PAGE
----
Knives Out

Knives Out ★★★½

Stylistically somewhere between Brick and Ready or Not in all but genre(s), this is a fun ensemble feature with all the positives and negatives that come built into an ensemble feature. There are a handful too many characters used as only punchlines, the plot lines are either a bit basic by design or a bit convoluted and forgotten, and the third act, in a futile attempt to tie up loose ends, runs beyond the point where it was necessary, and loses the audience. It’s funny, it’s chalk full of Grade-A acting, and it keeps you guessing as it twists and turns along, and while those are all good examples of great craftsmanship, a good movie – aka a rewatchable movie – gets drowned out with too many frills and embellishments. If it’d been 90 minutes and not 130, then it would’ve been flawless, but as it stands, its length adds too much space for problems, and problems do arise.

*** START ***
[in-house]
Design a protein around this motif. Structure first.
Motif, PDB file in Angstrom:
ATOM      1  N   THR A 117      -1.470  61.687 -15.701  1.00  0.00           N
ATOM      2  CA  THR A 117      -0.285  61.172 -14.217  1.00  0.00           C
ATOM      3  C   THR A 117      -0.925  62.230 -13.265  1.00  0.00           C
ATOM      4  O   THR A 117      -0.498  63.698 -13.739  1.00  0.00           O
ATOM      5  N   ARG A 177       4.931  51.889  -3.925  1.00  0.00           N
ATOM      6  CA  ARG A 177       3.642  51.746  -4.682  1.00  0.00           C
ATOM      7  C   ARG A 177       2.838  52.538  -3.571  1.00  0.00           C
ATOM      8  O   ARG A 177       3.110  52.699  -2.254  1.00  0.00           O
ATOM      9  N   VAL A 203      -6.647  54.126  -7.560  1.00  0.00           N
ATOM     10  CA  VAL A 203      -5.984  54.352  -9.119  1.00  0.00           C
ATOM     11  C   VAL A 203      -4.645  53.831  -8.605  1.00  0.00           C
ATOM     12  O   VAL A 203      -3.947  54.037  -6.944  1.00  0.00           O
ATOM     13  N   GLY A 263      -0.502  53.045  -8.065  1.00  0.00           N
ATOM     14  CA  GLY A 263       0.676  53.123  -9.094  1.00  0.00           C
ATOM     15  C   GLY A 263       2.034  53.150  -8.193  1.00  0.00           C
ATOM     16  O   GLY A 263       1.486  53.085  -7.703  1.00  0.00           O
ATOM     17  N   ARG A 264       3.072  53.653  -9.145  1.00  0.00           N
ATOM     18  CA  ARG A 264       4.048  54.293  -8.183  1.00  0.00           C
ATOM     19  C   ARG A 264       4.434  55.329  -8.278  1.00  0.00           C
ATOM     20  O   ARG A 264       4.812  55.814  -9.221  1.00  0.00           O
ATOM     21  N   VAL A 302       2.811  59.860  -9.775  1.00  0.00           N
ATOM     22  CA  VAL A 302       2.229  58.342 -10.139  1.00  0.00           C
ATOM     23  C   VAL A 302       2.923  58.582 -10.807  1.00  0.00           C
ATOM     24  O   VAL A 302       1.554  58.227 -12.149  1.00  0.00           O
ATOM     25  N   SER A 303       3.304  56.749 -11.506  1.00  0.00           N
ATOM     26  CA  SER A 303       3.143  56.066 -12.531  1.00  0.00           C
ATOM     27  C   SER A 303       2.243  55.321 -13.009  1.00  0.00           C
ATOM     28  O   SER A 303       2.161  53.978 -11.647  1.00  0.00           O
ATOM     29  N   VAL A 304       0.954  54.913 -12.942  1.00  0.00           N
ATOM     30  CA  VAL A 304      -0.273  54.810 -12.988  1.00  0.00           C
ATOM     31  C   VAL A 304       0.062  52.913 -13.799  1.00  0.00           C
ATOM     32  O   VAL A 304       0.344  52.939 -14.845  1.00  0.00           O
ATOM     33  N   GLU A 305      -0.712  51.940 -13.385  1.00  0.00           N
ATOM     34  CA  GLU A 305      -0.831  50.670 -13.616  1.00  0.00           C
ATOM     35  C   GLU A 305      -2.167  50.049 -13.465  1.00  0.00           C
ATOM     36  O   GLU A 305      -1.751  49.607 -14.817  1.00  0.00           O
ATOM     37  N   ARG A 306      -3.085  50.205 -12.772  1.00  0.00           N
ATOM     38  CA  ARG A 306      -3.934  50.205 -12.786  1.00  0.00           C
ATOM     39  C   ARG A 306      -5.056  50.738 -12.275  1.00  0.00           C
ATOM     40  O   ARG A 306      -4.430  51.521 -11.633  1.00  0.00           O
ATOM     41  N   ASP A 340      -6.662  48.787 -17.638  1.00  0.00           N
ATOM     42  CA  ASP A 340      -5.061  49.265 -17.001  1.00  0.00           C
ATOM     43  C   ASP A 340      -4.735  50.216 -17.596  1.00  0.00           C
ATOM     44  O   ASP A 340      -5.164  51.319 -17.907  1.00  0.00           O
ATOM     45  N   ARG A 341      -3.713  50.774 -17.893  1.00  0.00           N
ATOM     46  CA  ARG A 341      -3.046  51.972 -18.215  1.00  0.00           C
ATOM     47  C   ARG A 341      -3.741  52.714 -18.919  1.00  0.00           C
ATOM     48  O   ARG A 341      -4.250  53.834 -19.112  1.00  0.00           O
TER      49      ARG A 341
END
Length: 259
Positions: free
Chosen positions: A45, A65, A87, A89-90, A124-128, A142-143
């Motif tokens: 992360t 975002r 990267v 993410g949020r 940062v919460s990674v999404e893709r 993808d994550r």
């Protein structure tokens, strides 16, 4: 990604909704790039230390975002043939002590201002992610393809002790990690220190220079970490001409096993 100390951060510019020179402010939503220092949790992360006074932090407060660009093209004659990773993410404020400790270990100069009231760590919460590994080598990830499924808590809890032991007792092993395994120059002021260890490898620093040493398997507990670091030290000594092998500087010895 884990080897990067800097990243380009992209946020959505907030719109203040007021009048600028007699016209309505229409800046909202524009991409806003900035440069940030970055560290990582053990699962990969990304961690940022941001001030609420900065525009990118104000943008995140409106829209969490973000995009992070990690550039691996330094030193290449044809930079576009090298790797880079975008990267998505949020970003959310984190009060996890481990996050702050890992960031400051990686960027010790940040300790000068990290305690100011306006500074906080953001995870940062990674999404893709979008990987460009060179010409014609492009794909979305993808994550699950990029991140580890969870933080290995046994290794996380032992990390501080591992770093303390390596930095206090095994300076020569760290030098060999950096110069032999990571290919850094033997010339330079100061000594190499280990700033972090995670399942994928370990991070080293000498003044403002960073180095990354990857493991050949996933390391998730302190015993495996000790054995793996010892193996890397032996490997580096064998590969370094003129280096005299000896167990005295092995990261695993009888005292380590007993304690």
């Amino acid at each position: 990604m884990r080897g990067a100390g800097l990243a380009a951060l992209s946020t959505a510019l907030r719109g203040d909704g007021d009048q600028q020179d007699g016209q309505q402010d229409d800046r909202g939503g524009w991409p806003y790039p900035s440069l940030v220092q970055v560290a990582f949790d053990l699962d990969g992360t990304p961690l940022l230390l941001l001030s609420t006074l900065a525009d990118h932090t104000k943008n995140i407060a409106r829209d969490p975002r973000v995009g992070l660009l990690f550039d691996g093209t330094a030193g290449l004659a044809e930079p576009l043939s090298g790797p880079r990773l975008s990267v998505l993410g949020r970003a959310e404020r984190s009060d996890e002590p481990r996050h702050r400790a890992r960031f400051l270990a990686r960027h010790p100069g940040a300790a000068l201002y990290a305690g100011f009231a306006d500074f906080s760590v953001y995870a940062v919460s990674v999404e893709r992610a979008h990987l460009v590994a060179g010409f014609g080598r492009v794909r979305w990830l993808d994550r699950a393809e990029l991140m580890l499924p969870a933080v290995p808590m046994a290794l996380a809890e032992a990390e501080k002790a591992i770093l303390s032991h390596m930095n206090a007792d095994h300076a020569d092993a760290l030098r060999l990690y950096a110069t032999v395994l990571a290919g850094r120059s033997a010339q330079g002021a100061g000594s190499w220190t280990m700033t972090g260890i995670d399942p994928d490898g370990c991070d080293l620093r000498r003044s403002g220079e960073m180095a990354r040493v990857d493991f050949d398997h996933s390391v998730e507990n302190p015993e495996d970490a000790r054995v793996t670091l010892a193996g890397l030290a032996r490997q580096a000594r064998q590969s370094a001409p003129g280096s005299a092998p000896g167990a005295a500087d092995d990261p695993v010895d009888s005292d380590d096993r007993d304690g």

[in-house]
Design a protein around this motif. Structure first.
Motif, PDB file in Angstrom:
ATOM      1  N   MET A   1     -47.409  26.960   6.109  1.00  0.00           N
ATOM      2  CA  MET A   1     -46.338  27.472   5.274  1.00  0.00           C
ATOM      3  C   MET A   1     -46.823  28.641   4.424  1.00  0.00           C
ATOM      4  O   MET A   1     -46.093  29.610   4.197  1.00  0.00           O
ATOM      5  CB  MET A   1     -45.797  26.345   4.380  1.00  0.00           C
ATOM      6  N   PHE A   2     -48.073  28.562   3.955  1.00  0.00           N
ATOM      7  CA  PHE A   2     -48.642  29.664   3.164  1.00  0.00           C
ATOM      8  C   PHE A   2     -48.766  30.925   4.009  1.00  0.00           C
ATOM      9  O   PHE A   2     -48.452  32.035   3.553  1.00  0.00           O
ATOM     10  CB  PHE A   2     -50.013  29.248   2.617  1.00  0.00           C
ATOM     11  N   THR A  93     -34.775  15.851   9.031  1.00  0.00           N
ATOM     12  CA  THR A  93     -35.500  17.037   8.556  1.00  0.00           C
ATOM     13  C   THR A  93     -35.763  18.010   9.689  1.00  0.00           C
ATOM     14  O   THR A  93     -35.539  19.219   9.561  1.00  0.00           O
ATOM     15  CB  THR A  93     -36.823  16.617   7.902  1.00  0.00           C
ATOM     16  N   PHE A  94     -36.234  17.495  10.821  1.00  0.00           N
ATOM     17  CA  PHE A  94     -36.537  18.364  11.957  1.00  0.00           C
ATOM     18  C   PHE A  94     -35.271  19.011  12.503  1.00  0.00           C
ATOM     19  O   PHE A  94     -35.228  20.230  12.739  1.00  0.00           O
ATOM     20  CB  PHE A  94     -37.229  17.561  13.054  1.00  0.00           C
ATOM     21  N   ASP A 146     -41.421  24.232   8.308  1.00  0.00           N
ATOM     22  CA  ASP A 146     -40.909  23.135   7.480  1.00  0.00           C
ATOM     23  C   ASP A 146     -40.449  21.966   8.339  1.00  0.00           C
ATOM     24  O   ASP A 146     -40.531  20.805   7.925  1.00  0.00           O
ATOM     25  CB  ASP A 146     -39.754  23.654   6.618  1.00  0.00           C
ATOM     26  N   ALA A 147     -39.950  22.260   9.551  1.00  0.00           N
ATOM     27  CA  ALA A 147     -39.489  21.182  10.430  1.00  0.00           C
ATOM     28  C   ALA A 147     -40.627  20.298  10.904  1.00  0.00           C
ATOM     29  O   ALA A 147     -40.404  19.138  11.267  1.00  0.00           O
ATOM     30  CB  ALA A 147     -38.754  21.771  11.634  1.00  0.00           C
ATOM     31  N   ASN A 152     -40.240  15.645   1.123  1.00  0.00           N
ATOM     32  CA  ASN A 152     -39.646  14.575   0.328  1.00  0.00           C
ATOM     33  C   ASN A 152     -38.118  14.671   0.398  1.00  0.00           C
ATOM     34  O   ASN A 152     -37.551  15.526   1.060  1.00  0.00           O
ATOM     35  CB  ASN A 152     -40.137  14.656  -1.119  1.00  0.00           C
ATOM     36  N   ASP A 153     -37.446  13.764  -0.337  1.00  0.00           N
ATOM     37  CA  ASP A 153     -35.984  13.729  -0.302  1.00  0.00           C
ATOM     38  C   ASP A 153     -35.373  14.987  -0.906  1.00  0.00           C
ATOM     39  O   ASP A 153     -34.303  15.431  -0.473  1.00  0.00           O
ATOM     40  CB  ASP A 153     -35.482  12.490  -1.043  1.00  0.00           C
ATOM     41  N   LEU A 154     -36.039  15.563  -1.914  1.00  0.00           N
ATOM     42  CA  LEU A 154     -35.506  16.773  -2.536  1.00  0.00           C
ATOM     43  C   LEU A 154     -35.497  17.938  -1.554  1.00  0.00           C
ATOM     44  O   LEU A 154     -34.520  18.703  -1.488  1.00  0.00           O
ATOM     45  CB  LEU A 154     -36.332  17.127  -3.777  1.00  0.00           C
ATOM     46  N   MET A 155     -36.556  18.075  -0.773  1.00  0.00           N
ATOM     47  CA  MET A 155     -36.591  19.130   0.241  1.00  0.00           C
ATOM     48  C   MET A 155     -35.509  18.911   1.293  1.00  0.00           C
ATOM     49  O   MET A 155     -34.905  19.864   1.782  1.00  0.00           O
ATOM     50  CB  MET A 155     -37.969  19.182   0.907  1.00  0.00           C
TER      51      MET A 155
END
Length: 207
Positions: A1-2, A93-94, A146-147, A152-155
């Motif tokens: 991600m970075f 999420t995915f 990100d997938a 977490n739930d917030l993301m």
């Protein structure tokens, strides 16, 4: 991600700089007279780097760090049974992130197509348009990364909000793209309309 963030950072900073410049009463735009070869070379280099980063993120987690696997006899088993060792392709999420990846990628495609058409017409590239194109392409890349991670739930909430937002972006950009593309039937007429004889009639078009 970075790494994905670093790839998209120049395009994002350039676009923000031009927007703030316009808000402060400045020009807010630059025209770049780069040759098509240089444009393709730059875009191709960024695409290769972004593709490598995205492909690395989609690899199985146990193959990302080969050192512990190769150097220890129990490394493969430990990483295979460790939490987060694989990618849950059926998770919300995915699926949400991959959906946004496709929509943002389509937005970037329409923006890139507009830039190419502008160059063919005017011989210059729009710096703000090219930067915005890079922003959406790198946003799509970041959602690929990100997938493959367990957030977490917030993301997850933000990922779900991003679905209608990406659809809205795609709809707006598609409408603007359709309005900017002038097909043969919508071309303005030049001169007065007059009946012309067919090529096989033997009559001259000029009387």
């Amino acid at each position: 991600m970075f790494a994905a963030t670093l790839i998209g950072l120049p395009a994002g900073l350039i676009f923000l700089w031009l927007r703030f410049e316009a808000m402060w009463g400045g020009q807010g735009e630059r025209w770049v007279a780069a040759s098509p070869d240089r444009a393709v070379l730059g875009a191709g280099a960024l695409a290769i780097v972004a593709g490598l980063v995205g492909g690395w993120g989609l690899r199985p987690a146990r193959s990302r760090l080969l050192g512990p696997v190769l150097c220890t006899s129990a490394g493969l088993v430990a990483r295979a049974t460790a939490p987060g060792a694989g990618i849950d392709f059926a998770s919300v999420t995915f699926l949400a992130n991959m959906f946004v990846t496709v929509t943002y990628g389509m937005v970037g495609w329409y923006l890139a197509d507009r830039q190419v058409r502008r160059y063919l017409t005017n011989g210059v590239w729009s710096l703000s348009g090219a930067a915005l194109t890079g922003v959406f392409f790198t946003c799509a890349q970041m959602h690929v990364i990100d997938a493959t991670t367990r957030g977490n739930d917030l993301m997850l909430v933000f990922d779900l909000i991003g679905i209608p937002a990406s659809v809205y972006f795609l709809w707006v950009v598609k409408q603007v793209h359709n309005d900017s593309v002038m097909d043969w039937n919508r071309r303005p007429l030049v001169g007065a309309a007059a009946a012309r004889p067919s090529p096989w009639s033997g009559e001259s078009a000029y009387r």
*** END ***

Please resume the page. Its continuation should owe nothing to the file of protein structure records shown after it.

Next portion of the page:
And while I of all people enjoy the themes, they are born out a soft-centralism [Both sides call each other reductive names and refuse to listen to each other! Being rich is fine we just need to replace the nouvelle riche with the right/token nouvelle riche!] and to be frank, if I thought too hard about it, it would’ve taken me out of it in the theater, and definitely dampens it on the car ride home.

As a result, while this is a fun time at the movies when you have nothing else to do – indeed, an Essential Thanksgiving watch – and while I will always appreciate Johnson as a crafty director, I stopped writing one of three final papers for this, and while I enjoyed it, I don’t know if it was worth the distraction.

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